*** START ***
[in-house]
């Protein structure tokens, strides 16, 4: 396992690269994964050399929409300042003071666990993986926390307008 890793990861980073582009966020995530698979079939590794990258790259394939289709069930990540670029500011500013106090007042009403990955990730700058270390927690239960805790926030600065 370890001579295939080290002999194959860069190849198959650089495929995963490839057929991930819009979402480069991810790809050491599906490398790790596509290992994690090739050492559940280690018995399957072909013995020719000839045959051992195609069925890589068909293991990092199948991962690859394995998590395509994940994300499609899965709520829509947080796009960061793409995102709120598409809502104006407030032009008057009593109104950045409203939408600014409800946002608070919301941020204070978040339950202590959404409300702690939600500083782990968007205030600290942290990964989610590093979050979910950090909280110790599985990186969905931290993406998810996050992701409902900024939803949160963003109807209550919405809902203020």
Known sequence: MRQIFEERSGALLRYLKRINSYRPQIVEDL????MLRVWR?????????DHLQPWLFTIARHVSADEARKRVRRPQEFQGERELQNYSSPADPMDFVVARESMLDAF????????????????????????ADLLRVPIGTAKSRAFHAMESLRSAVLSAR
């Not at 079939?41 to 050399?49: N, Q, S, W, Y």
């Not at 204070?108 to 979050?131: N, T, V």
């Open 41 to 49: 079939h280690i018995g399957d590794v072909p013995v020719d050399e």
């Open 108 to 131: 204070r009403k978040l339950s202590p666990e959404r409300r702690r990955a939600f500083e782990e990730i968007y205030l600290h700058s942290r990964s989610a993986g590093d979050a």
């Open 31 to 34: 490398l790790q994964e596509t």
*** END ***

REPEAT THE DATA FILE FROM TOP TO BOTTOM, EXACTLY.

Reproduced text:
[in-house]
């Protein structure tokens, strides 16, 4: 396992690269994964050399929409300042003071666990993986926390307008 890793990861980073582009966020995530698979079939590794990258790259394939289709069930990540670029500011500013106090007042009403990955990730700058270390927690239960805790926030600065 370890001579295939080290002999194959860069190849198959650089495929995963490839057929991930819009979402480069991810790809050491599906490398790790596509290992994690090739050492559940280690018995399957072909013995020719000839045959051992195609069925890589068909293991990092199948991962690859394995998590395509994940994300499609899965709520829509947080796009960061793409995102709120598409809502104006407030032009008057009593109104950045409203939408600014409800946002608070919301941020204070978040339950202590959404409300702690939600500083782990968007205030600290942290990964989610590093979050979910950090909280110790599985990186969905931290993406998810996050992701409902900024939803949160963003109807209550919405809902203020």
Known sequence: MRQIFEERSGALLRYLKRINSYRPQIVEDL????MLRVWR?????????DHLQPWLFTIARHVSADEARKRVRRPQEFQGERELQNYSSPADPMDFVVARESMLDAF????????????????????????ADLLRVPIGTAKSRAFHAMESLRSAVLSAR
């Not at 079939?41 to 050399?49: N, Q, S, W, Y």
């Not at 204070?108 to 979050?131: N, T, V």
């Open 41 to 49: 079939h280690i018995g399957d590794v072909p013995v020719d050399e």
């Open 108 to 131: 204070r009403k978040l339950s202590p666990e959404r409300r702690r990955a939600f500083e782990e990730i968007y205030l600290h700058s942290r990964s989610a993986g590093d979050a």
């Open 31 to 34: 490398l790790q994964e596509t």